Valentine’s day meals always end in chocolate in our house. Over the years either G or I have cooked profiteroles, chocolate cake, or chocolate pots with strawberries, and it all started with the first dessert I ever learnt to cook and had to show off immediately – chocolate fondant. This year it’s like chocolate fondant on steroids. Move over under cooked chocolate cake (don’t worry fondant, I still love you really), but in 2015 we’re making a molten chocolate custard wrapped in a crispy chocolate cake crust.When you break the crunchy, chocolate sponge exterior, out flows a rich chocolate custard. Just talking about it makes me want to bake one right now. And that’s the best bit, once you’ve done all the hard work they sit in your freezer just begging for you to pop it in the oven!
Now, there is a slight chance that even though they’re the most delicious chocolate dessert we’ve ever made we might be sick of them by Valentine’s day (although I doubt it). You see, we’ve probably cooked more than thirty of these desserts in the last three months – it’s become a bit of an obsession. It all started innocently enough. We watched an episode of Masterchef the Professionals and Marcus Wareing demonstrated this dessert but didn’t give a recipe. It looked fun, so we tried it one weekend and the results were the perfect storm for an obsession – almost right but with a couple of tiny flaws we wanted to tweak. Countless chocolate desserts and a few delicious chocolate custard puddles later, I think G and I have hit on the definitive recipe (well maybe Marcus deserves that accolade for whatever his recipe is…just maybe).
You start by making a simple (but thick) custard from full fat milk, eggs and sugar, then melting chocolate into it. You set the custard into moulds in the freezer until frozen solid – we find the perfect moulds to be a silicone muffin tray like this one. Then you make a chocolate genoise sponge, which sounds fancy but is actually quite simple. You cut into circles and a little disc of the sponge goes on top of your frozen custard and the combo goes back in the freezer. The remaining cake gets turned into crumbs and the little pucks of chocolatey sponge and custard get covered in crumbs (just like breadcrumbing). These go back in the freezer and will chill out (terrible pun) until you cook them in the oven – nice and easy. Perfect for a do-ahead dinner party, or in this case Valentine’s day where a no-stress chocolate dessert is definitely a winner!
Just don’t blame me if you become obsessed!
Melting chocolate cake
Ingredients: (makes 12)
For the custard
- 1 cup full fat milk
- 1 cup cream
- 5 egg yolks
- 60g caster sugar (plus extra to taste)
- 225g dark chocolate chopped finely (at least 55% cocoa solids)
For the cake (this recipe is taken from a fellow blogger foodiebaker)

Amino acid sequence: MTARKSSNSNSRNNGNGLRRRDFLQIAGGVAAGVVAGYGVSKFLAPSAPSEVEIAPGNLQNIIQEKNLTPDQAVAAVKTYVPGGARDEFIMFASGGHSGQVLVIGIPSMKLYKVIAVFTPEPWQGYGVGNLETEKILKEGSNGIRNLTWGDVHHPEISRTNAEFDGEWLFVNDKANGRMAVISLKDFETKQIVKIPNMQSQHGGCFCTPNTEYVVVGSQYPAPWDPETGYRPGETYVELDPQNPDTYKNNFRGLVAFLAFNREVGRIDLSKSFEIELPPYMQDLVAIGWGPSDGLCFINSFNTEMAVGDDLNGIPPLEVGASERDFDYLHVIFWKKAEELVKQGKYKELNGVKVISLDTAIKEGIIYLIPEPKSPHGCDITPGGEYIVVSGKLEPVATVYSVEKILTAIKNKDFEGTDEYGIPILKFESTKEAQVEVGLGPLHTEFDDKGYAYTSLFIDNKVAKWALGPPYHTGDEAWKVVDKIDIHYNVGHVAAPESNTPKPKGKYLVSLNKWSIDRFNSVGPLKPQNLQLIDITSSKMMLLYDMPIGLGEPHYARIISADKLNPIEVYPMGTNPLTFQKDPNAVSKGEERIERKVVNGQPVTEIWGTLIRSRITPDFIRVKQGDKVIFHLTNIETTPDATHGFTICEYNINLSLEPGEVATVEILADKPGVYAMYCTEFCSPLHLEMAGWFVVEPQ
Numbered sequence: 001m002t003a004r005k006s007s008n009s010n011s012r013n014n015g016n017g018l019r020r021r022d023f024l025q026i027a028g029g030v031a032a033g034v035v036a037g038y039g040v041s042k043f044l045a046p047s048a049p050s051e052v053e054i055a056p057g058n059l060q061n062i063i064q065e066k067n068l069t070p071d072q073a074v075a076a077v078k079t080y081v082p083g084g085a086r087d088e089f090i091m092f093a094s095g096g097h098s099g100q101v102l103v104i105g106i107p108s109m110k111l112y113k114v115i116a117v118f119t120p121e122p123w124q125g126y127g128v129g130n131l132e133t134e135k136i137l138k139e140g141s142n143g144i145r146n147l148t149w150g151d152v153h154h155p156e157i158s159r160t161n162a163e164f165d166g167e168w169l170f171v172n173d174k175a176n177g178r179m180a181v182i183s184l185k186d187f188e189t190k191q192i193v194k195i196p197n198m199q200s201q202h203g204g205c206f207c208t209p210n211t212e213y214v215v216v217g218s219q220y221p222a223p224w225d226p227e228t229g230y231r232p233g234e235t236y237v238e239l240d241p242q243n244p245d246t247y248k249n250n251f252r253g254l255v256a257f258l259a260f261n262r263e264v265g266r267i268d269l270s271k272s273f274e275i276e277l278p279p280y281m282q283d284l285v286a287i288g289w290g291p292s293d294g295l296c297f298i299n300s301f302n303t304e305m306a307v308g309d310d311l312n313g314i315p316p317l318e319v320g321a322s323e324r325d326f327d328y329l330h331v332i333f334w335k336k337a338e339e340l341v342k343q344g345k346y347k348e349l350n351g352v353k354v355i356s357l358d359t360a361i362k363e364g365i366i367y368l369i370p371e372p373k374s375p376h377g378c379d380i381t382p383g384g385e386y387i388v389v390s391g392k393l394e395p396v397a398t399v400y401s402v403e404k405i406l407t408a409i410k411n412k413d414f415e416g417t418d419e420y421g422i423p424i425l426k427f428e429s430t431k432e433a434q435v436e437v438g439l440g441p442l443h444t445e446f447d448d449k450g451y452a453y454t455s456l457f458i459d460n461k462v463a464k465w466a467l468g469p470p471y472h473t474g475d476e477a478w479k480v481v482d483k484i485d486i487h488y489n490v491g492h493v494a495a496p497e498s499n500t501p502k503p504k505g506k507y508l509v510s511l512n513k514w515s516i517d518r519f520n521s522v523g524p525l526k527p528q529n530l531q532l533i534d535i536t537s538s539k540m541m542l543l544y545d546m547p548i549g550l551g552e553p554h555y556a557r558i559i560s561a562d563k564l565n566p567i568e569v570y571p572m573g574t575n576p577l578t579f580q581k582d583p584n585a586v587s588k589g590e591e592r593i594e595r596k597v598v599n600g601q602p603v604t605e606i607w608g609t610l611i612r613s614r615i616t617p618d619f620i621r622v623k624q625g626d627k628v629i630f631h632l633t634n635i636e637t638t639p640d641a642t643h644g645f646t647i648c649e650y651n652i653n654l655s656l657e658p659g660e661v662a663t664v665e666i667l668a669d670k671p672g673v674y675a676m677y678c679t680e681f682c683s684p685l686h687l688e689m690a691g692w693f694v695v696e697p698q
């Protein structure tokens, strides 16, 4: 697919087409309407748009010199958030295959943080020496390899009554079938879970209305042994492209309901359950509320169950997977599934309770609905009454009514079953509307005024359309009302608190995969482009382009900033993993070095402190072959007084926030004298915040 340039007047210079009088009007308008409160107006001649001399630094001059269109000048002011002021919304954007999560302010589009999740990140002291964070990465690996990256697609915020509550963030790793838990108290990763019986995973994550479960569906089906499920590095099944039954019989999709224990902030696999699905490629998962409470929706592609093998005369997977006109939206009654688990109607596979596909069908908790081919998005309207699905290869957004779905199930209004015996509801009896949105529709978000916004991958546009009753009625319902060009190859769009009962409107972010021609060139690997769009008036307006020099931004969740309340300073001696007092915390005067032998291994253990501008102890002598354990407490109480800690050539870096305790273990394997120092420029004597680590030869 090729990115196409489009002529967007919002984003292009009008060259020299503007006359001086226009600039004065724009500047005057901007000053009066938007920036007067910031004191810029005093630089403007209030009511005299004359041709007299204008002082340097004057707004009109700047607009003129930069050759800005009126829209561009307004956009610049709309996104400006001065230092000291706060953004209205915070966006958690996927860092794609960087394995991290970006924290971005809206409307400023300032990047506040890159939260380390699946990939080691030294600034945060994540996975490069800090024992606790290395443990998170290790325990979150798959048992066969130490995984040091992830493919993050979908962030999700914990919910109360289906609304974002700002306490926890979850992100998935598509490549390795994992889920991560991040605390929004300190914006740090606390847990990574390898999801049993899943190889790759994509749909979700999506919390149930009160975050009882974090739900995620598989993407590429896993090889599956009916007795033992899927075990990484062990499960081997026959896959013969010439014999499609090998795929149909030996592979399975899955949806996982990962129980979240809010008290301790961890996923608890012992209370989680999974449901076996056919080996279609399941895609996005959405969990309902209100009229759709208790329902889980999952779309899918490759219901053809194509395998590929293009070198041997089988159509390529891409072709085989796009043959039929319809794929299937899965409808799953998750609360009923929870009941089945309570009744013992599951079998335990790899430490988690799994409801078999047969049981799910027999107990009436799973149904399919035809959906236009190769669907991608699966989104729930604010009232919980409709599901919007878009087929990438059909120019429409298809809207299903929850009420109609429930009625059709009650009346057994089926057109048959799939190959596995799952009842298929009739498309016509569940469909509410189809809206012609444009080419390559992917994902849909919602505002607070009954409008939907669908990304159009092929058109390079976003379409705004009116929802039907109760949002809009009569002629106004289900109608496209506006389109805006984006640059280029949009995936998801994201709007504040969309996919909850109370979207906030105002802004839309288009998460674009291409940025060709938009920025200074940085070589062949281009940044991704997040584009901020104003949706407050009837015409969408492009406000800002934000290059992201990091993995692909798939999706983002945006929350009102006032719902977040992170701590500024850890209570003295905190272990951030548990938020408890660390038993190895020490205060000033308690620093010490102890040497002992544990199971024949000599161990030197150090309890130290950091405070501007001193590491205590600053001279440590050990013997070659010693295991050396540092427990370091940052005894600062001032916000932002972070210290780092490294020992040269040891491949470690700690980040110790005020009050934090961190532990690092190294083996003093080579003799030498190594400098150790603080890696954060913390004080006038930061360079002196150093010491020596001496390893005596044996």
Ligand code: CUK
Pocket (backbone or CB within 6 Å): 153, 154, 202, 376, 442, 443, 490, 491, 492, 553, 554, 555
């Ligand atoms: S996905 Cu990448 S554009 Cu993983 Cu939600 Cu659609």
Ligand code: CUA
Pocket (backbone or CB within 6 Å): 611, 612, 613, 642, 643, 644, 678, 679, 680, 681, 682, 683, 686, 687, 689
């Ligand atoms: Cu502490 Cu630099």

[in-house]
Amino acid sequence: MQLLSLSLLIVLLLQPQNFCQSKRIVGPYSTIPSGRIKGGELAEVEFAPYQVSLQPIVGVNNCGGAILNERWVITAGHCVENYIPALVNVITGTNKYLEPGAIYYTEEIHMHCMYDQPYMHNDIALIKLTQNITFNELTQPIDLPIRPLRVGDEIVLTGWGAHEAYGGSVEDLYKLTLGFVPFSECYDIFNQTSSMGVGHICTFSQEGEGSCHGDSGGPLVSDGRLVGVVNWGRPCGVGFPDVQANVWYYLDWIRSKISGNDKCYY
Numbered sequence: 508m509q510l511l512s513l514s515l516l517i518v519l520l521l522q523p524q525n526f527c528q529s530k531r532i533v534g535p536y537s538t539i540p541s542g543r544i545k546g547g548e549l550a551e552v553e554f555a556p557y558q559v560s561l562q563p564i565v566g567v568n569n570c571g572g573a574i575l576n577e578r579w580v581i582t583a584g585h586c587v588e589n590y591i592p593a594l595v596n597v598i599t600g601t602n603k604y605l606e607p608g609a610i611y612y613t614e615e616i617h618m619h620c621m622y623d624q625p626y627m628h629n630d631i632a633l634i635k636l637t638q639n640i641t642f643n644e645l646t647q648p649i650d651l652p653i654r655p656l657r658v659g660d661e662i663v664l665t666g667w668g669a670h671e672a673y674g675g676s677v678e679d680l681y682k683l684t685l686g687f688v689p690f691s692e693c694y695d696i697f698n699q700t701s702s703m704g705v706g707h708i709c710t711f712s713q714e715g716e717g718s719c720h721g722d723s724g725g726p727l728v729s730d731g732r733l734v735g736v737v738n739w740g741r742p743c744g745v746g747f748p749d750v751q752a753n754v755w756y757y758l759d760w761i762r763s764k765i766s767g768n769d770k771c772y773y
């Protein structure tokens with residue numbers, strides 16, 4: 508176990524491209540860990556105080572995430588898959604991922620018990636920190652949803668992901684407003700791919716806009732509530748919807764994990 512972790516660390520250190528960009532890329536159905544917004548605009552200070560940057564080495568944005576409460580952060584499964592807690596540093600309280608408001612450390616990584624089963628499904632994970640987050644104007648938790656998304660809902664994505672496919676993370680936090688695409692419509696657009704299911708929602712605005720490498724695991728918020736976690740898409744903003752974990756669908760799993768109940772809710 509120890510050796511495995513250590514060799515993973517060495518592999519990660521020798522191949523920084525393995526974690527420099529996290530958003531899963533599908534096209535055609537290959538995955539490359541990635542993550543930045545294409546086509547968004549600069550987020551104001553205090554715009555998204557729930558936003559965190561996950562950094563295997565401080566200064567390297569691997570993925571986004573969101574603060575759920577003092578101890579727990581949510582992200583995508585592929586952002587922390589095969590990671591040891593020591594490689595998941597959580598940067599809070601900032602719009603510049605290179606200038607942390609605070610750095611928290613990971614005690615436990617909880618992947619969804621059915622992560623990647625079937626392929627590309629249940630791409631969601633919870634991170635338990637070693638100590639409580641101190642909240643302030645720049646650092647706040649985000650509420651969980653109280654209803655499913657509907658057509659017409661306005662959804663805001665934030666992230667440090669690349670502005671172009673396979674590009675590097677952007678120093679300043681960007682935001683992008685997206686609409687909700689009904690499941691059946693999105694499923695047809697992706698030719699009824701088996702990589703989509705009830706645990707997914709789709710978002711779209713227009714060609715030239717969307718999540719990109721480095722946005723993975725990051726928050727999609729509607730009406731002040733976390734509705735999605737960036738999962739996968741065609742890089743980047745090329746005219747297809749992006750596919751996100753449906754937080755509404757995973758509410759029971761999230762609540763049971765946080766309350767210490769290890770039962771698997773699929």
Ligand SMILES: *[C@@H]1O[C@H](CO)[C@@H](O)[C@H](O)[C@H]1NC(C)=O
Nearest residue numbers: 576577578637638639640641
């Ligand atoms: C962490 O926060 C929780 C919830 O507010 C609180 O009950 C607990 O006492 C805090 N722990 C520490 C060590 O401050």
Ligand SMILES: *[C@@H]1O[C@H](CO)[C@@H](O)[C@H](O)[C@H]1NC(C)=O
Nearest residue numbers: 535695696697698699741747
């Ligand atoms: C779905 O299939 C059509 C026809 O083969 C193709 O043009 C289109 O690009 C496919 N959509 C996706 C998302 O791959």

- 45 grams (1/3 cup + 1 tablespoon) plain flour
- 35 grams (1/3 cup + 1 tablespoon) good-quality cocoa powder (I love Varlhona!)
- 4 eggs, cold or at room temperature
- 100 (1/2 cup) grams caster/granulated sugar
- 45 grams (3 tablespoons) hot, melted butter
First make the custard
- Place the milk/cream in a saucepan and heat until warm. Meanwhile whisk together the egg yolks and sugar. Pour the hot milk over the eggs whilst whisking and then place the mixture back in the pan over a low heat.
- Stir constantly over a low heat until the custard thickens. It should coat the back of the spoon – i.e., if you place a wooden spoon in the custard, the custard should hold the shape of a finger swipe across the back without closing.
- Pour the hot custard over the chopped chocolate and stir until fully melted. Pour the custard into the silicone muffin tray moulds and place in the freezer until completely frozen solid.
Then make the genoise sponge
- Preheat the oven to 180 degrees celsius.
- Sift the flour and cocoa together in a bowl and set aside.
- Place the eggs and sugar together in a heat proof bowl and whisk until combined. Place over a pan of lightly simmering water and whisk gently until the mixture is slightly warm to the touch – it should be a comfortable bath temperature.
- Take the mixture off the heat and whisk with an electric whisk until very light, creamy and foamy. This is what the French call a sabayon and the Italians zabaglione, it’s delicious as a dessert all by itself, or flavoured with a little madeira. But we’re going to make a cake with it.
- Gently sift and fold in the flour and cocoa mix. Try to do this as gently as possible but make sure it’s fully incorporated. Then gently pour in the melted butter and fold in.
- Pour the batter onto a tray lined with buttered greaseproof paper (or a silicone mat). Place in the oven and bake for 15-20 minutes or until set and lightly springy to the touch. Once cooked leave to cool in the tray.
To assemble and finish the desserts
- Cut out disks of sponge and place on top of the frozen chocolate custard pucks. Allow to fully freeze.
- Reduce the remaining chocolate cake to crumbs in a food processor.
- Cover the frozen chocolate custard (and sponge pucks) in cake crumbs by first dusting them in flour, dipping them in egg and covering with crumbs. Make a second layer of crumbs by dipping again in egg and then the crumbs again. Remember which side is the sponge disc as this will be the base. Place back in the freezer until frozen solid or until required (they’ll last months).
- Preheat the oven to 180 degrees. Place the desserts (sponge base down) on the tray and bake for 25-30 minutes depending on the size of your moulds. They should be molten all the way through and crispy on the outside. This is the hardest part as if you leave them in too long they may collapse!